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Steam radiator sounds diagnosis

jweob
jweob Member Posts: 14
I have a tenant who is having trouble sleeping because of radiator noise in their bedroom. I'm hoping you can help me diagnose the two types of noises they are hearing and suggest anything I can do to fix.

They have complained of two types of noise which are in the videos below:
"Banging"
"Water noise"

It's a 1-pipe steam system in a 4 story + basement townhouse. Boiler is an EG-75 Weil Mclain. There are two runs from the boiler, both with working bigmouth main vents (but the vents are on the mains in the basement, not at the end of the risers). The problem radiator is the closest radiator to the boiler - it's on the ground floor. The supply valve is fully open and the Gorton vent appears to be working fine. It has a good amount of pitch. There are three other radiators on the floors above it on the same riser. The other radiators do not make these sounds.

The boiler pressuretrol is turned down to the lowest setting and differential, but is actually cutting out at 3.4 psi (see here). The boiler seems to be behaving itself otherwise. I recently drained it and water in the eyeglass is clear, no apparent surging. The main pipes in the basement are uninsulated, and the main pipe going to the problem radiator riser does pass under the combustion air inlet for the basement so does get some cold air on it.

My guesses are as follows:
* The "banging" sounds are thermal expansion, and I can't think of anything I can about them
* The "water" sound is condensate failing to drain, I'm guessing because the pipe going to the radiator might not have enough pitch, but maybe the supply valve itself is busted.

What I'm going to try is:
1) Calibrate the pressuretrol to bring the cut-out to 1.5 psi (less steam = less condensate to drain)
2) Insulate the main pipes in the basement in case too much condensate is being picked up there
3) Raise both legs of the radiator 0.5 inch to see if I can force better drainage
4) In spring, undo the radiator and check the supply valve (I don't dare do this in winter)

What do you think - am I on the right track? Anything else I can try?

Comments

  • Jamie Hall
    Jamie Hall Member Posts: 23,276
    All of your ideas will likely help some (though be aware that lower pressure does not mean less steam or condensate -- the amount of condensate depends on the size of the radiator, not the pressure, and lower pressure means the steam can move faster). Your 2 and 3 have the best chance of helping.

    If the banging is really thermal expansion it will be limited to when the heat is coming on or stopping. See if you can find locations where pipes are rubbing against something (floors for instance!) and if you can slip something like a piece of poly milk jug in. That sometimes helps.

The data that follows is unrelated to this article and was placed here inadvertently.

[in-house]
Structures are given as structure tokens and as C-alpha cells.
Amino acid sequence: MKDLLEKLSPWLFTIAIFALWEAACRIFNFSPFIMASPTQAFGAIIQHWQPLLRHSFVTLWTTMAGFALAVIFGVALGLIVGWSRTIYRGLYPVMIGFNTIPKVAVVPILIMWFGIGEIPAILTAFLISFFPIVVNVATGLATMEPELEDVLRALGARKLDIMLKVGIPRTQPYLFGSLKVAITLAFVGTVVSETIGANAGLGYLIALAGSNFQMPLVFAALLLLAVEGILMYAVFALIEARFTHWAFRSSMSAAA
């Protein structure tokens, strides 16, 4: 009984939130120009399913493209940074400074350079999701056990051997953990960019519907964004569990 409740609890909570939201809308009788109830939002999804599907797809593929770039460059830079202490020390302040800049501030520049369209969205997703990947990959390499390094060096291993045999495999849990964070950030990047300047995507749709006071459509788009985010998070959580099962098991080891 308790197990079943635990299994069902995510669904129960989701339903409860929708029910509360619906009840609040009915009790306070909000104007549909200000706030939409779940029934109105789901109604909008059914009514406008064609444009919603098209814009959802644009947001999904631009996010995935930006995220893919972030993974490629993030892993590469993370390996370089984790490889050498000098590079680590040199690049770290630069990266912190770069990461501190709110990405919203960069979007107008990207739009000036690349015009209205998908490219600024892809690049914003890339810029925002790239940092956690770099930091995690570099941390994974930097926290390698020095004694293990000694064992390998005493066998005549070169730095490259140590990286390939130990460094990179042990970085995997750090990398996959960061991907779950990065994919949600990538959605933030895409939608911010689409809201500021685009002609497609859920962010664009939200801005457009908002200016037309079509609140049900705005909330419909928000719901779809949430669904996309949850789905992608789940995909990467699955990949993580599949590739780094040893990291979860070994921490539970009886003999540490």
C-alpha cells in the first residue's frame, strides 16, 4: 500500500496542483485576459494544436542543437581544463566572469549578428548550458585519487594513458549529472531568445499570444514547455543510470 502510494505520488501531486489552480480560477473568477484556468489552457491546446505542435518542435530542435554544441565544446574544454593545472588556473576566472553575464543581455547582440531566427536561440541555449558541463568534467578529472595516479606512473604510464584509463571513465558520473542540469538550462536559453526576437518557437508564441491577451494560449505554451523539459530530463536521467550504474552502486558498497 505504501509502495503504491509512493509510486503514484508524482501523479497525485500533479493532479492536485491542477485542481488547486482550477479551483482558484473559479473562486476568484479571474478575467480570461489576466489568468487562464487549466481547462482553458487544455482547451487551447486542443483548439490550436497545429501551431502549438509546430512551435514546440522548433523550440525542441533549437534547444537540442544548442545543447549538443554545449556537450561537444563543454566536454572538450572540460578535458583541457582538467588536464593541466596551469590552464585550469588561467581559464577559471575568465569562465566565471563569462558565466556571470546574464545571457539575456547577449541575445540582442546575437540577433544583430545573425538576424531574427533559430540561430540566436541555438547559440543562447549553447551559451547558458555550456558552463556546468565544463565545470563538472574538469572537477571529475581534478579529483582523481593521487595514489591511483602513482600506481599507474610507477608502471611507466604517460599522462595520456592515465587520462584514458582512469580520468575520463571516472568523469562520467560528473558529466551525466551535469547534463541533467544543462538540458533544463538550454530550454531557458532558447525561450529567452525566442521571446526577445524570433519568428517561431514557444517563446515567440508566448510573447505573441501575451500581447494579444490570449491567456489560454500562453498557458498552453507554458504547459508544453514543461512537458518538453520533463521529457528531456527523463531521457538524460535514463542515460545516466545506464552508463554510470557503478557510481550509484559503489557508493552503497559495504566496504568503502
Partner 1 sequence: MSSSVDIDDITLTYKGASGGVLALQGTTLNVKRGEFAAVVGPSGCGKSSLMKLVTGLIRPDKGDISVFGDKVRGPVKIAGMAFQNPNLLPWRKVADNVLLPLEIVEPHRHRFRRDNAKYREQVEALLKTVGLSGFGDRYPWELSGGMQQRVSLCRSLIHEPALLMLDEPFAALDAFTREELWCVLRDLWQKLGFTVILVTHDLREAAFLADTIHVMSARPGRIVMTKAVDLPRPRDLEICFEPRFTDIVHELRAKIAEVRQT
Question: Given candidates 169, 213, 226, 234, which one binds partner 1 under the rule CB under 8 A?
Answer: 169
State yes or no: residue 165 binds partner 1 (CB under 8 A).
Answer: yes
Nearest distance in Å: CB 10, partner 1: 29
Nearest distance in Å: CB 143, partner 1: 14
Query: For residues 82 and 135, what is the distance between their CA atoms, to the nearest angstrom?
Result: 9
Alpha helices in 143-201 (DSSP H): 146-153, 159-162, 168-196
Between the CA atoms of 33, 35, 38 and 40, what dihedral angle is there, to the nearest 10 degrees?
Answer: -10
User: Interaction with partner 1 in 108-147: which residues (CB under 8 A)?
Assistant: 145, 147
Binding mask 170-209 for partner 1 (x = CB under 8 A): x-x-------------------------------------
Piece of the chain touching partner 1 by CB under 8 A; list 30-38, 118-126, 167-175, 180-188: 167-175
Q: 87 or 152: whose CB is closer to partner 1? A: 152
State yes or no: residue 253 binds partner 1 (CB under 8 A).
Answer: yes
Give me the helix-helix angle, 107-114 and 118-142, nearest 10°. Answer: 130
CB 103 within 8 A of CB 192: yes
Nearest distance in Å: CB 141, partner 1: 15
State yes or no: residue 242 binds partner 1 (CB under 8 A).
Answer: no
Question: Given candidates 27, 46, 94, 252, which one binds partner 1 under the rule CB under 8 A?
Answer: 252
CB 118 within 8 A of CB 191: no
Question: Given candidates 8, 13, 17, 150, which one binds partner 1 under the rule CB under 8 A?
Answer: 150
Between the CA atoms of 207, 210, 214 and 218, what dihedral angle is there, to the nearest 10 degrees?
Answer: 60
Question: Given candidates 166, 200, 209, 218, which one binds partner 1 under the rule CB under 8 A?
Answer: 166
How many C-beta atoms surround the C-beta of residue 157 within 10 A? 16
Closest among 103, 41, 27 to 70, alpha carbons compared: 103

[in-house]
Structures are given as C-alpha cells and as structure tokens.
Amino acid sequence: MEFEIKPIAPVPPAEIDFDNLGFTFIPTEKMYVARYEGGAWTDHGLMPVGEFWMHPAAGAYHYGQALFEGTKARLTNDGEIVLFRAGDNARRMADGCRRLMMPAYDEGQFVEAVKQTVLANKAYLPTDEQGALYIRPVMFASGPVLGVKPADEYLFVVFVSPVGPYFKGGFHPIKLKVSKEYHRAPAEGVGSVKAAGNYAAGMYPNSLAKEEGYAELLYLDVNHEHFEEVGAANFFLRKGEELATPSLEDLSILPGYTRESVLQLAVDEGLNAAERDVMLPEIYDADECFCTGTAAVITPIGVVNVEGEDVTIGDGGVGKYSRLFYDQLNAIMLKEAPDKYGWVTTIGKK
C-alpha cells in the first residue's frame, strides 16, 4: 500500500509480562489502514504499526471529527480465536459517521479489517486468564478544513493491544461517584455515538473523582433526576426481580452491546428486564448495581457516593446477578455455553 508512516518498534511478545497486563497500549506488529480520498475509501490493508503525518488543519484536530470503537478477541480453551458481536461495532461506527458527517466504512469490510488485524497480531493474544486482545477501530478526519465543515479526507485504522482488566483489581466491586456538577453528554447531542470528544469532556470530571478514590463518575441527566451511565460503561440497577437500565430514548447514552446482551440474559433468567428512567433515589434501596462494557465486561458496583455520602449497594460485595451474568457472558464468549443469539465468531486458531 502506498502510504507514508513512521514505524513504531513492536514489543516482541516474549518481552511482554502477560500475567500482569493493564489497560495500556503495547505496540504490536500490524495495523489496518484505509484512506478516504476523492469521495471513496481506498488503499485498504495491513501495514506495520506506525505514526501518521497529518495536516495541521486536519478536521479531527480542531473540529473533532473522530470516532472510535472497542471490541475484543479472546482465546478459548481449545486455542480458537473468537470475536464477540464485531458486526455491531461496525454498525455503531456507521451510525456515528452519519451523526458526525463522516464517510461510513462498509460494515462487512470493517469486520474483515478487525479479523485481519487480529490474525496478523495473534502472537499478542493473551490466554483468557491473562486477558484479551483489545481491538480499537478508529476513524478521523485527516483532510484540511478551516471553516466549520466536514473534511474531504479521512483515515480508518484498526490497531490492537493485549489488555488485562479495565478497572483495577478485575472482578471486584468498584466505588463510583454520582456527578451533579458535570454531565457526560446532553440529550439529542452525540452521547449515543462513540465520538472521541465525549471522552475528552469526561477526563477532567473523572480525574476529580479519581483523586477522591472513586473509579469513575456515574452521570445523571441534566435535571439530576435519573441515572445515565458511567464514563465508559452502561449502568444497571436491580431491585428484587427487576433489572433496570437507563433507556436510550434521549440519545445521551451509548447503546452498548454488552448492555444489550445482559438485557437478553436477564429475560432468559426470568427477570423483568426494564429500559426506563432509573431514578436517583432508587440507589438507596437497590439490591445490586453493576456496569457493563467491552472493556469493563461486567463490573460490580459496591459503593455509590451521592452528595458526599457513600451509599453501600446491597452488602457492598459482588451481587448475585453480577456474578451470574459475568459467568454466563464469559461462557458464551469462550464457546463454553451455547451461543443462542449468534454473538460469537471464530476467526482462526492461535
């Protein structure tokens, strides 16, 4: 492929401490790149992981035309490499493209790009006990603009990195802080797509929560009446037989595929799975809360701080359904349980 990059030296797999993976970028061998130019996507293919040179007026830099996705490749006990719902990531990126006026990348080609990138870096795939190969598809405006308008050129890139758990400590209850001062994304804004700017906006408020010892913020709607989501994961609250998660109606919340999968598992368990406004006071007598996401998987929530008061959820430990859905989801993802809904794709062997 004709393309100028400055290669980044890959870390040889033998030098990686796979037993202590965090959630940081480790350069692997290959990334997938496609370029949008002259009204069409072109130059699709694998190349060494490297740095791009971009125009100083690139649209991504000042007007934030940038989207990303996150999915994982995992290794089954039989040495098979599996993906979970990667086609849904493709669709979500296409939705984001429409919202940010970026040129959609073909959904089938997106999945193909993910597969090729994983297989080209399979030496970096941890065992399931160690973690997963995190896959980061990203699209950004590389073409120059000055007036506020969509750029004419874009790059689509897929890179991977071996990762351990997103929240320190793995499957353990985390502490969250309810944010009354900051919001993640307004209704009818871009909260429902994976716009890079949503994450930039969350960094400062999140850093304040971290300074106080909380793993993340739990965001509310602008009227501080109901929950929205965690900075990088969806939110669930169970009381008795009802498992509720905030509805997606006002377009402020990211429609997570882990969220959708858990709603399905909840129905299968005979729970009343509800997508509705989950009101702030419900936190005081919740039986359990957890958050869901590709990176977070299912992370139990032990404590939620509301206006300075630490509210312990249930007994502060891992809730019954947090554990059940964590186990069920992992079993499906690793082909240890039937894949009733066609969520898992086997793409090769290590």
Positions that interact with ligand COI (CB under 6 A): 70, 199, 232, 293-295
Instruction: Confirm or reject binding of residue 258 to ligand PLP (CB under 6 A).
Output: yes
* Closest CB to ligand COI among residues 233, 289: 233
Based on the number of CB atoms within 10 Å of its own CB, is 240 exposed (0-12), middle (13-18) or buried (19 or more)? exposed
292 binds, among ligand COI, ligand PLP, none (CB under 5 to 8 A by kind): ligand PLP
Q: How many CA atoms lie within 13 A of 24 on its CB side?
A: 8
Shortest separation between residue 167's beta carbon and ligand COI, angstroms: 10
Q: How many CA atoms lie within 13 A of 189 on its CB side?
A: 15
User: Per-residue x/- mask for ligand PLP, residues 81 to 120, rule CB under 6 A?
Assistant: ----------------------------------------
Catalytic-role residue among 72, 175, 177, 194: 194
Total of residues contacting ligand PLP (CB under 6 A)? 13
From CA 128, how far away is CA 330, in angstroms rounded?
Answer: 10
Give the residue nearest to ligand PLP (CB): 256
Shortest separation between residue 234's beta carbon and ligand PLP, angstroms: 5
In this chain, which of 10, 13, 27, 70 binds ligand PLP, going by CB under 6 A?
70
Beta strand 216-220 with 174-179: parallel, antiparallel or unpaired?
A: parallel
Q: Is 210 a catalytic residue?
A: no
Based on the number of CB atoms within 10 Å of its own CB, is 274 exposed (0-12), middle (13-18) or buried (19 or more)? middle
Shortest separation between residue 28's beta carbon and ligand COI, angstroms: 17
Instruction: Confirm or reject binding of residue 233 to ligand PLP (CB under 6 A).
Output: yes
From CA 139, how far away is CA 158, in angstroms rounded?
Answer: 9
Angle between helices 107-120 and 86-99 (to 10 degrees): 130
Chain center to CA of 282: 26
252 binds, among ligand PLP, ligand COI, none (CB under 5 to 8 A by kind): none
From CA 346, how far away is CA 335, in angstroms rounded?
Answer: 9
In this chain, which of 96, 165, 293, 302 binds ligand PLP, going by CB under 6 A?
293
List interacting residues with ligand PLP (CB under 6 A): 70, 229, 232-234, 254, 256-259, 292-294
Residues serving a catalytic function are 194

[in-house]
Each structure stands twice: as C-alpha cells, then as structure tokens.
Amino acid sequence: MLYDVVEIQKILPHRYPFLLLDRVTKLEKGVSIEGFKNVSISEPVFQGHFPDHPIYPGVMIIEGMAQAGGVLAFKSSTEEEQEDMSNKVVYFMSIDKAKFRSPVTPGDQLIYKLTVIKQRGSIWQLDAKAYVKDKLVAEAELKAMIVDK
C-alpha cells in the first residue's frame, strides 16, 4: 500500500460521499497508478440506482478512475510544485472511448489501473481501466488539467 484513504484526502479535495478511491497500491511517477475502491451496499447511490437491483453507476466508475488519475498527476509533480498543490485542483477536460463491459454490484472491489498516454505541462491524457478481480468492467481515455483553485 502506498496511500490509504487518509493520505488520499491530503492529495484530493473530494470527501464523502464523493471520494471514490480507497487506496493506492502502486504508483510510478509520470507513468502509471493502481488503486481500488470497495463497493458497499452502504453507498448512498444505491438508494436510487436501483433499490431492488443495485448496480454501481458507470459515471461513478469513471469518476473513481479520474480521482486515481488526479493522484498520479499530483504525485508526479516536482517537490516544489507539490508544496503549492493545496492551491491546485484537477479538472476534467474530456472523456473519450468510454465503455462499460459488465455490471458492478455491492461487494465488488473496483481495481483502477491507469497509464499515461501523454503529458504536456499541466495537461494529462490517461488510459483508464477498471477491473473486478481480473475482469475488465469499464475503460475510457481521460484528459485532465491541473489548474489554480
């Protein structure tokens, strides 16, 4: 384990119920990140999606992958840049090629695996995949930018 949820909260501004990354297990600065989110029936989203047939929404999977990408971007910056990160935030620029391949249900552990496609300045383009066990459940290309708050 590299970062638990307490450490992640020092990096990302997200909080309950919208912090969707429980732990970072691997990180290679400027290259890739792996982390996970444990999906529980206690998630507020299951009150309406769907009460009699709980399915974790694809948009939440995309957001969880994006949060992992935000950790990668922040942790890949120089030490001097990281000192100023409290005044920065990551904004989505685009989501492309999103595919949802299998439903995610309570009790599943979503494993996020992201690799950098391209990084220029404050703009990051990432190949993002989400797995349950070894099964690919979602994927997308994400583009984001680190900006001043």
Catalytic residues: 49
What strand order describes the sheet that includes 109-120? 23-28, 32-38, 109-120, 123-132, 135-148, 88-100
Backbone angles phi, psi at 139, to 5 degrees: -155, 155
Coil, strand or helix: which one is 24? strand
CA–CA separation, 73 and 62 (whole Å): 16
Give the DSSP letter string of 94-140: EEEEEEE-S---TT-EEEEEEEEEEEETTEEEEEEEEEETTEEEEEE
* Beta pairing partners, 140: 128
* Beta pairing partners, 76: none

Br. Jamie, osb
    Building superintendent/caretaker, 7200 sq. ft. historic house museum with dependencies in New England
    jweob
  • jweob
    jweob Member Posts: 14


    Photo of pipes near the radiator and the near-boiler piping
  • jweob
    jweob Member Posts: 14
    Thanks @Jamie Hall, did the first video sound like thermal expansion noises to you? Do you have any other ideas what it could be? I thought maybe water hammer but doesn't sound loud enough?
  • Grallert
    Grallert Member Posts: 644
    I thought I heard a bang followed by expansion noise in the first video. That bang would seem to be hammer. Both can happen on start up. If water isn't getting out of the radiator fully when the steam arrives that's the bang. That's what I heard.
    Miss Hall's School service mechanic, greenhouse manager,teacher and dog walker
    jweob
  • Jamie Hall
    Jamie Hall Member Posts: 23,276
    That first one does sound more like expanson.

    That horizontal runout in the picture could be pitched too flat, or even backwards, and make all kinds of mischief -- and since it is buried in the ceiling...
    Br. Jamie, osb
    Building superintendent/caretaker, 7200 sq. ft. historic house museum with dependencies in New England
    jweob
  • jweob
    jweob Member Posts: 14
    Well, I discovered that when I thought I turned the valve all the way open previously I actually turned it all the way closed, so that certainly wasn't helping. I don't think that was the main cause though since the radiator was still heating up regardless and the tenants complained of the sound in the previous position as well.

    I've now actually opened the valve. I raised the radiator about 1/4 inch on both sides (couldn't do more it seemed caught). I calibrated the pressuretrol to actually cut out at 1.5 psi, and I got a tube of fibreglass insulation over most of that runoff in the ceiling just by pushing it along the pipe.

    If the noises are still there then I will cut out that ceiling drywall and check the pitch of the runoff pipe.

    Any other advice gratefully received!
  • mattmia2
    mattmia2 Member Posts: 9,632
    On 1 pipe steam the valve being mostly but not all the way closed will cause the radiator to hold condensate. When the steam hits that condensate it likely will bang. The valves on 1 pipe steam must be all the way open or all the way closed.
  • mattmia2
    mattmia2 Member Posts: 9,632
    Where in the cycle the sounds happen can be a clue too. My guess is the gurgling is before the steam reaches the radiator as air is being pushed out it gurgles then once steam is pushed in to the water it hammers.
  • BobC
    BobC Member Posts: 5,477
    Put a level on that radiator and make sure it's pitched towards the steam ilet pipe and valve. If it's not pitched add a shim under the air vent end to give it some pitch - use a 2x4 to lever the end up and be gentle.

    Bob
    Smith G8-3 with EZ Gas @ 90,000 BTU, Single pipe steam
    Vaporstat with a 12oz cut-out and 4oz cut-in
    3PSI gauge